Thanks to Tony, everything continued to change in 2006.
As we wrestled with how to reshape our community increasingly for the poor and marginalised, a Christian probation worker approached us. He had a client called Tony who wanted to know more about God. He told us that taking Tony to his church would be a disaster: Tony would struggle with the static format of a Sunday Service and his church just wasn’t ready for someone like Tony.
The probation worker heard of Church from Scratch and for some reason assumed we could help. We couldn’t. We didn’t have much experience of working with the marginalised, we knew little about physical addiction and had a sparse knowledge of mental health.
We sensed Jesus calling us to be radically inclusive and wanted to try. We stuck with Tony through his struggles and supported him as he moved between rough-sleeping on the Southend seafront and a series of crappy bedsits. We felt like we were making a difference. We thought we were there to save Tony. Wrong!
How Tony saved us
What we didn’t bargain for was Tony helping us to become Christians. We thought we had it all sorted and all we had to do was help others follow suit. But, with Tony’s help, we discovered the only God there is.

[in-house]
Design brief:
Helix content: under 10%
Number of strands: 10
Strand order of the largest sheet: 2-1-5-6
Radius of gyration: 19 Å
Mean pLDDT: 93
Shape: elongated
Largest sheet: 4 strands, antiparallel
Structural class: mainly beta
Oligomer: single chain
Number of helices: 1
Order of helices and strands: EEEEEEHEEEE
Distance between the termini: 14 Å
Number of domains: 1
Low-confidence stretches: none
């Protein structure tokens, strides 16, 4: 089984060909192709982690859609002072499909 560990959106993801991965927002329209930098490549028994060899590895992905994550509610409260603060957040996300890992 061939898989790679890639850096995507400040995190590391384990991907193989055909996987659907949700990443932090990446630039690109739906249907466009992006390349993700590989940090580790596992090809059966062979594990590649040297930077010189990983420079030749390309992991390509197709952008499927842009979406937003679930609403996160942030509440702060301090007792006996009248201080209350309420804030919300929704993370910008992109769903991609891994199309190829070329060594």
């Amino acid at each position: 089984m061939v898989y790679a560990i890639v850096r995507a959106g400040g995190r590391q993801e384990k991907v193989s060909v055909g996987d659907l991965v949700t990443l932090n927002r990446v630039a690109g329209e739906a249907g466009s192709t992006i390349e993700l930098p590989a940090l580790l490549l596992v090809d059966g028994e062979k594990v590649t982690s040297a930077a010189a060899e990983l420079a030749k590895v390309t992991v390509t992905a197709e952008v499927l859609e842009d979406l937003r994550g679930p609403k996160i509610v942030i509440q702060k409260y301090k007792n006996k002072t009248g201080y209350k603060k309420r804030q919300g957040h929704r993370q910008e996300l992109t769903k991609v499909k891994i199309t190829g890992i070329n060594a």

The God of the poor.
The God of the unlucky.
The God of those who don’t win.
The God of the oppressed by the lucky.
As we re-read the Bible this message cried out from page after page. From story after story. How had we missed it?
God didn’t want us lucky ones to show arms length charity. We were discovering that he wants us to stand in solidarity with the marginalised and become a church of these people and others, sharing life together.
Tony was patiently and generously teaching us and reshaping us.
This change wasn’t easy. As Tony’s friend’s and other got involved, some of us were inspired, while others struggled to adapt. They were scared of encountering those from different walks of lives and began to retreat from the church. Sensing that ‘to those who much had been given, of much would be asked’.
We persevered, venturing out to become a church that included those who had been forgotten, left behind and ostracised.